Information Commissioner Richard Thomas is one of the two men in charge of the consultation, which will focus on the use and sharing of information. The other is Government science and technology advisor Dr Mark Walport.
The consultation will consider changes to the Data Protection Act and will present Government with options for changes to the law.
“The review will be concentrating on information sharing. When do public bodies, in particular, need to make use of personal information held by others to do their job properly?" said Thomas. "Law enforcement, child protection and more personalised services may be examples. But we will need to assess the dangers if information is shared too freely."
Prime Minister Gordon Brown announced in October that a review of data sharing would take place, when it emerged that HM Revenue and Customs (HMRC) had lost two CDs containing personal details, including bank account information, belonging to every person claiming child benefit.
The review will cover the private and the public sector and is scheduled to report its findings in the first half of 2008.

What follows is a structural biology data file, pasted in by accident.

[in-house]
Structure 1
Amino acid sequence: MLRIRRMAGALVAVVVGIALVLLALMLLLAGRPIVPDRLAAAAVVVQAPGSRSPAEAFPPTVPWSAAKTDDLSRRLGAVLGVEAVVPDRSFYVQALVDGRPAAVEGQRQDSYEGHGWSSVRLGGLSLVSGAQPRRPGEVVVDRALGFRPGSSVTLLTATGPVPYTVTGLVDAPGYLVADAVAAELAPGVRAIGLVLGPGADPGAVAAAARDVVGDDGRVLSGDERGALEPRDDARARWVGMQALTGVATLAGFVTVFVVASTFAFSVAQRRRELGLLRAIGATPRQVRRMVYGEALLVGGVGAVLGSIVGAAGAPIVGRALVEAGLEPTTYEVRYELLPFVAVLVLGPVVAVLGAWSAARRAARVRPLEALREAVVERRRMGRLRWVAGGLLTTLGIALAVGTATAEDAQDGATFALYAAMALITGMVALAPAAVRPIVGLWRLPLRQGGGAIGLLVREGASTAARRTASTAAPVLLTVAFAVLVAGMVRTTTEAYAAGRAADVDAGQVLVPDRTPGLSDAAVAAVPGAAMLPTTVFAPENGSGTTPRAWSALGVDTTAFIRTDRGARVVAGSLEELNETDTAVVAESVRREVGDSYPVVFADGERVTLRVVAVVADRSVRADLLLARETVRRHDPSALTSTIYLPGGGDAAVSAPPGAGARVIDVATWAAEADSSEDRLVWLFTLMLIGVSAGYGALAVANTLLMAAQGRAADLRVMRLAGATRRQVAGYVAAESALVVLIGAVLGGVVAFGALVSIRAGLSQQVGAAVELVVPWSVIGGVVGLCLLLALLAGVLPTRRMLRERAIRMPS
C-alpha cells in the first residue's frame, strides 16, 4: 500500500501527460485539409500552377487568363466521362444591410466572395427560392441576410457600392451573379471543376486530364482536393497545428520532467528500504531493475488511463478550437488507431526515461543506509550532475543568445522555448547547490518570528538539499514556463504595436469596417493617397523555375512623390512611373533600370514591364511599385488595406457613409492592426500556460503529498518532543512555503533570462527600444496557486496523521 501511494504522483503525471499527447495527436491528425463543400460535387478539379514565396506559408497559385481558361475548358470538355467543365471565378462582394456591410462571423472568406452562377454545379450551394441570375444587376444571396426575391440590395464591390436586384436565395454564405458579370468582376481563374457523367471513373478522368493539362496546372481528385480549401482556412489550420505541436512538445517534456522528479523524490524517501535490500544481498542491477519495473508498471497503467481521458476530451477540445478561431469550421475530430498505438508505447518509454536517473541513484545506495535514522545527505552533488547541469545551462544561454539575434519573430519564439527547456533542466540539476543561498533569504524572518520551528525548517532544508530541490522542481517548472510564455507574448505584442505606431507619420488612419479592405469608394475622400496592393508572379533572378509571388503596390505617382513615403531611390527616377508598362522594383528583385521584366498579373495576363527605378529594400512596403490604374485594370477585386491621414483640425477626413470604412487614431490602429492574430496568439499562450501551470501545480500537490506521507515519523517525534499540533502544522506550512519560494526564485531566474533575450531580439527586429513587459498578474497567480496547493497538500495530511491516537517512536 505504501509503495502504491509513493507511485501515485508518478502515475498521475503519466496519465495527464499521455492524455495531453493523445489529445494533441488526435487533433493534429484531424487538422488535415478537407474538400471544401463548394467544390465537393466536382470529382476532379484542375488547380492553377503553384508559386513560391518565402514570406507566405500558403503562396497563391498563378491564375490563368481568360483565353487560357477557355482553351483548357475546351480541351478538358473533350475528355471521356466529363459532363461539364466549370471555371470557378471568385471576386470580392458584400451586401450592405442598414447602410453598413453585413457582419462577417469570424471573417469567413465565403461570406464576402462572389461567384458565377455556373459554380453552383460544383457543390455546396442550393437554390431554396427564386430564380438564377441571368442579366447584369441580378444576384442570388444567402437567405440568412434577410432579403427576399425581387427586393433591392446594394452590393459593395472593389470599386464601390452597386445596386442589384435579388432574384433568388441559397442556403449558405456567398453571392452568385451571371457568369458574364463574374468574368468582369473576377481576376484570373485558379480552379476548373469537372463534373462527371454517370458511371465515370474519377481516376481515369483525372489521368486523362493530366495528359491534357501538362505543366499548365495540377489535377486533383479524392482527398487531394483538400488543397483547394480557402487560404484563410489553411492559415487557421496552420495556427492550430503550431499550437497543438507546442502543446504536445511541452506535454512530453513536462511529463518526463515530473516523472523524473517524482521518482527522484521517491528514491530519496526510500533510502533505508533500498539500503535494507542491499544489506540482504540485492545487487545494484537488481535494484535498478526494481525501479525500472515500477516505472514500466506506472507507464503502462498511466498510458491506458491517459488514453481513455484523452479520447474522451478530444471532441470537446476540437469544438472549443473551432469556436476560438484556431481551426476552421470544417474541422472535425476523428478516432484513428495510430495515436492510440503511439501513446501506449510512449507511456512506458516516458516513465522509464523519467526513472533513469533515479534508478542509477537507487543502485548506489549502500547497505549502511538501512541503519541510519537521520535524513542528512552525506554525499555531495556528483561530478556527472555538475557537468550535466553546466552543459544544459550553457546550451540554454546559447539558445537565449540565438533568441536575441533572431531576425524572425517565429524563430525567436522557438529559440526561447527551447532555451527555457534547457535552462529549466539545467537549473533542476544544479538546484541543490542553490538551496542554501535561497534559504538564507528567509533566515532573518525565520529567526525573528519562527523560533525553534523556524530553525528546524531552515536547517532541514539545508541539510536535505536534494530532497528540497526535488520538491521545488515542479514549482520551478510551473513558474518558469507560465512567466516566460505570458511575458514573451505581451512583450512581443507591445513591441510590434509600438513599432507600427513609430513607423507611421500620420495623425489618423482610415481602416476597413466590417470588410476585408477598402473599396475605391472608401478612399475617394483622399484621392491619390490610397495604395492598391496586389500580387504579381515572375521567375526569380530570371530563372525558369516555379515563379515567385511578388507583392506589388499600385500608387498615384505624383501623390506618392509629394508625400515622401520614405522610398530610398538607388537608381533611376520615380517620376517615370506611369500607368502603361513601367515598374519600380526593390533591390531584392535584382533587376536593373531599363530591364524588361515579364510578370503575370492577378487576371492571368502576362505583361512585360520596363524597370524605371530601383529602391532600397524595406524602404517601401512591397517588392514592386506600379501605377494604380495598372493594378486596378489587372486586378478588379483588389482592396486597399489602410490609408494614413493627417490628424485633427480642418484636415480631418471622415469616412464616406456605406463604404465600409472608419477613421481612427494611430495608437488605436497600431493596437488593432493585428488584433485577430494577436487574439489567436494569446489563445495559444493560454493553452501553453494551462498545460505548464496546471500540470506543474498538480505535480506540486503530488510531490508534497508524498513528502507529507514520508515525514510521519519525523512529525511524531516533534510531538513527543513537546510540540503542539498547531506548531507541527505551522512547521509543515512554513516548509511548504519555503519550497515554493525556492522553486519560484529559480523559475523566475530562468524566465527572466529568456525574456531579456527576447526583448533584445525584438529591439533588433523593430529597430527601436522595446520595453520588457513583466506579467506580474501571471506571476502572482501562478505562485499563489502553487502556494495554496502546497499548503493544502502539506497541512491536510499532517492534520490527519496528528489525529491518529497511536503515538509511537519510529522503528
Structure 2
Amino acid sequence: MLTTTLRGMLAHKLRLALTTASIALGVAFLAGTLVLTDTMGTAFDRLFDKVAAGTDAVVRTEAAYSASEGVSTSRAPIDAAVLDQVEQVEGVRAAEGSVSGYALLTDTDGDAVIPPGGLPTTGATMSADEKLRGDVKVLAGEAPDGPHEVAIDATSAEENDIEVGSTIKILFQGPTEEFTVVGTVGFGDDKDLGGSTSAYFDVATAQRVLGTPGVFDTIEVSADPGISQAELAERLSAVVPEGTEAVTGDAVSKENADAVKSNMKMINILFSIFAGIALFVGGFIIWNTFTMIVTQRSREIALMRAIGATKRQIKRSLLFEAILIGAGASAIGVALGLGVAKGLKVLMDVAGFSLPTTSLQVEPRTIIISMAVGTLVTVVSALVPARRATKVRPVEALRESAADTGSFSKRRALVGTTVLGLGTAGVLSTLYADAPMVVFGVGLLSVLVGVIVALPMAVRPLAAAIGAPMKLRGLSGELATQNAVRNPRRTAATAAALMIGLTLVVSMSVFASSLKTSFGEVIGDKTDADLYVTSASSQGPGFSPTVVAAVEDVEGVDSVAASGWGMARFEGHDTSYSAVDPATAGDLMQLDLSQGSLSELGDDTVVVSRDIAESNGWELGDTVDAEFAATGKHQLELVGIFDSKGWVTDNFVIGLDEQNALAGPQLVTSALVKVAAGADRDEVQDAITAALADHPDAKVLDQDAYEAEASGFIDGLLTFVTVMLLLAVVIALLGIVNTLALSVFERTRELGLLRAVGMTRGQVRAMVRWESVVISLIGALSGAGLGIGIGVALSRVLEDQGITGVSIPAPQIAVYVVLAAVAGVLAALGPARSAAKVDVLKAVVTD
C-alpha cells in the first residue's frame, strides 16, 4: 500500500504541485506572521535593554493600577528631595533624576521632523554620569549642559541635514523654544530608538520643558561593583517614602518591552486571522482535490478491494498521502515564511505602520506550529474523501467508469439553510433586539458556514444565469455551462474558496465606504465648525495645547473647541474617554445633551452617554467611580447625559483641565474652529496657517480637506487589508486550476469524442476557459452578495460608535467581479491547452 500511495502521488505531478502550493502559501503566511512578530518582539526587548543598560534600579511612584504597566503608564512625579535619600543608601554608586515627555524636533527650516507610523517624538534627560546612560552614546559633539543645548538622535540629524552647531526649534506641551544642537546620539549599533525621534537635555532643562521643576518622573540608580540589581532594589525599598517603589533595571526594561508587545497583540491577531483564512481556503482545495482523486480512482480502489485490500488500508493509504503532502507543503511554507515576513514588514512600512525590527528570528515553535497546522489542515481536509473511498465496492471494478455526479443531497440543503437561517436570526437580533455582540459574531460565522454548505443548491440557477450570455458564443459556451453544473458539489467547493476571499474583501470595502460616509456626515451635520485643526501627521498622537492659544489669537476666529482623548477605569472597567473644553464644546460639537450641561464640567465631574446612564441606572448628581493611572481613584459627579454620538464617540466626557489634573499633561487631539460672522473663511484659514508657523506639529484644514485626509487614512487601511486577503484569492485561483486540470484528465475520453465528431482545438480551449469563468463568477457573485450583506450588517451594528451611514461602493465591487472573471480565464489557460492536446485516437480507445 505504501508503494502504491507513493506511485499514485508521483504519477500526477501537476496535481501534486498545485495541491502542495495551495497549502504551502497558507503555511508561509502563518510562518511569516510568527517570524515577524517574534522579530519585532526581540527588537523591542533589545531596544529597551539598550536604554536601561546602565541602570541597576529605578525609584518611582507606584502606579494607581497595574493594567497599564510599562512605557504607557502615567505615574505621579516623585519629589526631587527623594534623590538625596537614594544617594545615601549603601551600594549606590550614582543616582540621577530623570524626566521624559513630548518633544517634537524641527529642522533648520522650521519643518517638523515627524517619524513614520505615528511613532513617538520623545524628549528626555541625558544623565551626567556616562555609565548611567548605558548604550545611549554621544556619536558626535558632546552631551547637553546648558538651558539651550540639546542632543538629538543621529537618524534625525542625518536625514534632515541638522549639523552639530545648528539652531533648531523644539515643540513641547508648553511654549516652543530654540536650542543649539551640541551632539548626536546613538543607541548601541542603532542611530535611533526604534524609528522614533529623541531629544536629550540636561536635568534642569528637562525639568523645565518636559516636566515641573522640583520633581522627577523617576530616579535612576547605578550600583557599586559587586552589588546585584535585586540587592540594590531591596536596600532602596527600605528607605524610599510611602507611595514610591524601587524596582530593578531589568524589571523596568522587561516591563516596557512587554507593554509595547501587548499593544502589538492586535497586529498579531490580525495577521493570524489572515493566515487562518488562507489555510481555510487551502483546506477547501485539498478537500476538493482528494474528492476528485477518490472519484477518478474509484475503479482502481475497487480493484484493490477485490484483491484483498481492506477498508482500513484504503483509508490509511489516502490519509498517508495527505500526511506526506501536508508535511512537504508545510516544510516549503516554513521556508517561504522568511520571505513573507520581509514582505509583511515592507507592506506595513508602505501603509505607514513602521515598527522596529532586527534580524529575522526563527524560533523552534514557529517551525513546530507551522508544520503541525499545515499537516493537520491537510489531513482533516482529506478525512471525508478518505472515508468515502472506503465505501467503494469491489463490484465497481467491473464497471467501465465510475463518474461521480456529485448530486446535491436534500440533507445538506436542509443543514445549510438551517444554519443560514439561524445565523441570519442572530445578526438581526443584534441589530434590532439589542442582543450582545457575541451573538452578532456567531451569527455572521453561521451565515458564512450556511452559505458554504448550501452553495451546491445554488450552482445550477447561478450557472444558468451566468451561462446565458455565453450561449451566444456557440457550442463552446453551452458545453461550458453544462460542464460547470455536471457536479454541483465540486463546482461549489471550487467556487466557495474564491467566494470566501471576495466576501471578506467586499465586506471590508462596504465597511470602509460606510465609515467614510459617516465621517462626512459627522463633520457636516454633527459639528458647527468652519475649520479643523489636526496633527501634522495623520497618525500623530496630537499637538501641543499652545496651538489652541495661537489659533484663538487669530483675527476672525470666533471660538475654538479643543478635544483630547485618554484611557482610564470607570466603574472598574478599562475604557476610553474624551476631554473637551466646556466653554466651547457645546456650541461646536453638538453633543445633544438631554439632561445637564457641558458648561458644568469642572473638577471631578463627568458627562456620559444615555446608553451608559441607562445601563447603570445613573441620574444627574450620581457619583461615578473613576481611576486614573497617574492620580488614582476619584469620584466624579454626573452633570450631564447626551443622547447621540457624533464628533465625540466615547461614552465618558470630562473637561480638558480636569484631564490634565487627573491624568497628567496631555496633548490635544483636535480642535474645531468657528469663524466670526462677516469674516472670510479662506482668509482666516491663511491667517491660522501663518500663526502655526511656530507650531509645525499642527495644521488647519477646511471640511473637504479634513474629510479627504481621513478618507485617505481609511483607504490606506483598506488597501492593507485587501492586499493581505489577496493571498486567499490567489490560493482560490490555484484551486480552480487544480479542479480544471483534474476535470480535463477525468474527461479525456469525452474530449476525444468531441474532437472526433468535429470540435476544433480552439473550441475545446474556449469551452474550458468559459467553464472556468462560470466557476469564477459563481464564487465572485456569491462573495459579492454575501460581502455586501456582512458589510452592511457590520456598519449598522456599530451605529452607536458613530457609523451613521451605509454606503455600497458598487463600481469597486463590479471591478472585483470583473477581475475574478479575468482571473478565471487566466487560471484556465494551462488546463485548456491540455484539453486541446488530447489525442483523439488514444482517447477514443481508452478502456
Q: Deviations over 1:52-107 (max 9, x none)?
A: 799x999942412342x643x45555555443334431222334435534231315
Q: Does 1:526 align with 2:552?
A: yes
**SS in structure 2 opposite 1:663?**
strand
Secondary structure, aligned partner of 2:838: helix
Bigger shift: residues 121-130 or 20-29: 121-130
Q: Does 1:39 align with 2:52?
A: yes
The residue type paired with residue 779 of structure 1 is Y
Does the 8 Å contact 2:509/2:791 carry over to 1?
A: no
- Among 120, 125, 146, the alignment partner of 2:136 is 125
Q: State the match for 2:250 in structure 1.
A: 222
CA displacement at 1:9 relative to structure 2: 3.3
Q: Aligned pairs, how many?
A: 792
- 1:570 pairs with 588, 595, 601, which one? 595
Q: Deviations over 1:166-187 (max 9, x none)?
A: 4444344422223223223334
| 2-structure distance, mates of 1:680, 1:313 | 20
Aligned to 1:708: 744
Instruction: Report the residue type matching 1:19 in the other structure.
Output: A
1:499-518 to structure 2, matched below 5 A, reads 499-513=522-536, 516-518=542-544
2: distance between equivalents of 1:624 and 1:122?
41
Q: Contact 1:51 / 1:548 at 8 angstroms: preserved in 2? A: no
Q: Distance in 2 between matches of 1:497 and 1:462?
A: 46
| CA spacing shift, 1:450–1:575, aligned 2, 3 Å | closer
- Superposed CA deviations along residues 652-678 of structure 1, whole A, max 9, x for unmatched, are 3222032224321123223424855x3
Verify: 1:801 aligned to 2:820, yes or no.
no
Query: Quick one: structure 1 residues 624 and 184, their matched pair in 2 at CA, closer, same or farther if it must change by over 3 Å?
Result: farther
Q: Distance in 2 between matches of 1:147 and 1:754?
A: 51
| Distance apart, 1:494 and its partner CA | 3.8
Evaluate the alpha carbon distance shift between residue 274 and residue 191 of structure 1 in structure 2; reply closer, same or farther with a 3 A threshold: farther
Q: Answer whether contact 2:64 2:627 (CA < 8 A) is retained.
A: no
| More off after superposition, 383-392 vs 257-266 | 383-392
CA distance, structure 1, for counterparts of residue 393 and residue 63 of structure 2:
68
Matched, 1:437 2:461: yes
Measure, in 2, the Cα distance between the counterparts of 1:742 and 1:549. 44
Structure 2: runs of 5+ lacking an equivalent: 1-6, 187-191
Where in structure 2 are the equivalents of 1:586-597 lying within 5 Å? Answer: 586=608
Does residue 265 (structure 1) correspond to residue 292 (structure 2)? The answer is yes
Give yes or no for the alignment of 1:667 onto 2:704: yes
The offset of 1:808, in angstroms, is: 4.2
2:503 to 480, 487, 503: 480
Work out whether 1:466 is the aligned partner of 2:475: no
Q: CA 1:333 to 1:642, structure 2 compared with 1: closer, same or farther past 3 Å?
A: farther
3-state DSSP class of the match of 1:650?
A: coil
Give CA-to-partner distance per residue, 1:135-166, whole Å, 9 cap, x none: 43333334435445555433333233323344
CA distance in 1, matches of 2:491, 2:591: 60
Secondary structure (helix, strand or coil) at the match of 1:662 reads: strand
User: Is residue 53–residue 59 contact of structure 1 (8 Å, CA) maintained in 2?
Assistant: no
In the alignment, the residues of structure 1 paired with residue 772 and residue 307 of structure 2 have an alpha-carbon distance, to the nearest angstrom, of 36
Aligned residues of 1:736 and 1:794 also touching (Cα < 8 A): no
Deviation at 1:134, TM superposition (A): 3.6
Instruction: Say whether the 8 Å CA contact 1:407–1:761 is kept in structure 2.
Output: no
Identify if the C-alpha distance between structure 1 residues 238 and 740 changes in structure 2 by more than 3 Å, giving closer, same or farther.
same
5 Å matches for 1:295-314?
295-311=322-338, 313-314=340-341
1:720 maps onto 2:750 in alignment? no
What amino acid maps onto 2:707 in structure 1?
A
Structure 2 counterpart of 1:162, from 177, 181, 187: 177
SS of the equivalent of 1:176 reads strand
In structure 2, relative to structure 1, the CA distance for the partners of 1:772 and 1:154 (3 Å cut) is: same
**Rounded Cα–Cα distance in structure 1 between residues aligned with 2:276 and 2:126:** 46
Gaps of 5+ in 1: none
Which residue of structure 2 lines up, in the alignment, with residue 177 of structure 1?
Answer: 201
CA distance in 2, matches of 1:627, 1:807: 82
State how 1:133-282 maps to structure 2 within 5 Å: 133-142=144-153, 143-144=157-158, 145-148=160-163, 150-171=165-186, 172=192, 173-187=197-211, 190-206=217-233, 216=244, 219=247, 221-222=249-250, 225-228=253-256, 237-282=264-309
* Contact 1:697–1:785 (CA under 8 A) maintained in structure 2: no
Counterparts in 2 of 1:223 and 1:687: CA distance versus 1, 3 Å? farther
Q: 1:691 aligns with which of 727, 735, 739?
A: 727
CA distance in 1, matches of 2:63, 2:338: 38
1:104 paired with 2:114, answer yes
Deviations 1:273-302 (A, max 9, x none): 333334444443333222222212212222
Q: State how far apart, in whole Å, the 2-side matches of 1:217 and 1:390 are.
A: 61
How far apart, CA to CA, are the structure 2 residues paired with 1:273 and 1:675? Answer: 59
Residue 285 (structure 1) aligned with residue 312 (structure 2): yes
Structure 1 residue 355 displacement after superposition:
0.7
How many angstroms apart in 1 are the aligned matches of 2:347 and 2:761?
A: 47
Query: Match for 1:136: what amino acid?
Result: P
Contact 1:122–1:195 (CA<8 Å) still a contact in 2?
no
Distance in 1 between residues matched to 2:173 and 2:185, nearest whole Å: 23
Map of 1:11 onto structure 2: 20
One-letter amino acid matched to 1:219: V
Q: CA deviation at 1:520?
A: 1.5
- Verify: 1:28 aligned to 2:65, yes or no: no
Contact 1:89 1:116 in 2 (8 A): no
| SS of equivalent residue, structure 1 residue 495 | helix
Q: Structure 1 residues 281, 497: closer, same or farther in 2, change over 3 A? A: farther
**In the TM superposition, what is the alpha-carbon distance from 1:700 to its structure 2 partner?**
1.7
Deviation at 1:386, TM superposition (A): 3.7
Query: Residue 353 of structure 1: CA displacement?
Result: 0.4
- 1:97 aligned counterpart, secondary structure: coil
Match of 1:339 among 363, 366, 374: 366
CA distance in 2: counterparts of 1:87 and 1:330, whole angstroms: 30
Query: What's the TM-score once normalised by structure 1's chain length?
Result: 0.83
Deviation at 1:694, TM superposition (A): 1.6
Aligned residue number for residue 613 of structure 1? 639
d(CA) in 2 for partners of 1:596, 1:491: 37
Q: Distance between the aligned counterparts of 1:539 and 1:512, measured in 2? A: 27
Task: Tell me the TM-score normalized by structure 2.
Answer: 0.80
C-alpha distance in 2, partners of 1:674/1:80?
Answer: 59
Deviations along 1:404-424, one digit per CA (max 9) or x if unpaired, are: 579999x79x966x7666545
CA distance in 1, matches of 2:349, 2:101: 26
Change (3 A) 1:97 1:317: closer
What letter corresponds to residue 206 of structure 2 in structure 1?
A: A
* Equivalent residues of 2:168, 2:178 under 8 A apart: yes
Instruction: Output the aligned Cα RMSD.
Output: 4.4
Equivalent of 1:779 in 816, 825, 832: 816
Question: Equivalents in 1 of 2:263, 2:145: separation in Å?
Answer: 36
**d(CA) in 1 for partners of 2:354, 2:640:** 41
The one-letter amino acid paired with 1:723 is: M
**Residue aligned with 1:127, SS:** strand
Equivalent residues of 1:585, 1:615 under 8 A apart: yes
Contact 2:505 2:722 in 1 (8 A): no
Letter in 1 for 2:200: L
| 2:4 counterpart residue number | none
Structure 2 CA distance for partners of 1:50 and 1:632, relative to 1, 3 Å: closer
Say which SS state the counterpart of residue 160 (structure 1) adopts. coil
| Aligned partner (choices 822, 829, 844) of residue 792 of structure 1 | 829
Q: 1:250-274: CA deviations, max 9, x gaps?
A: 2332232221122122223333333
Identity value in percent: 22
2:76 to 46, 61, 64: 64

The consultation will talk to experts in the field of privacy and data protection, a Ministry of Justice statement said. "We want to know that our information is safe, secure and protected from misuse. Exactly how is our information being used? How can we be sure it is being used lawfully? Who holds our information and to what end? And what impact is the sharing of personal information having on our private lives?" it said.
The review will examine whether Thomas's office should have more powers, something he has consistently lobbied for. The Information Commissioner's Office (ICO) could only audit a body's information policies with that organisation's permission, but Brown said that this will be changed in relation to public bodies in the aftermath of the HMRC data loss.
The consultation is open until 15th February next year.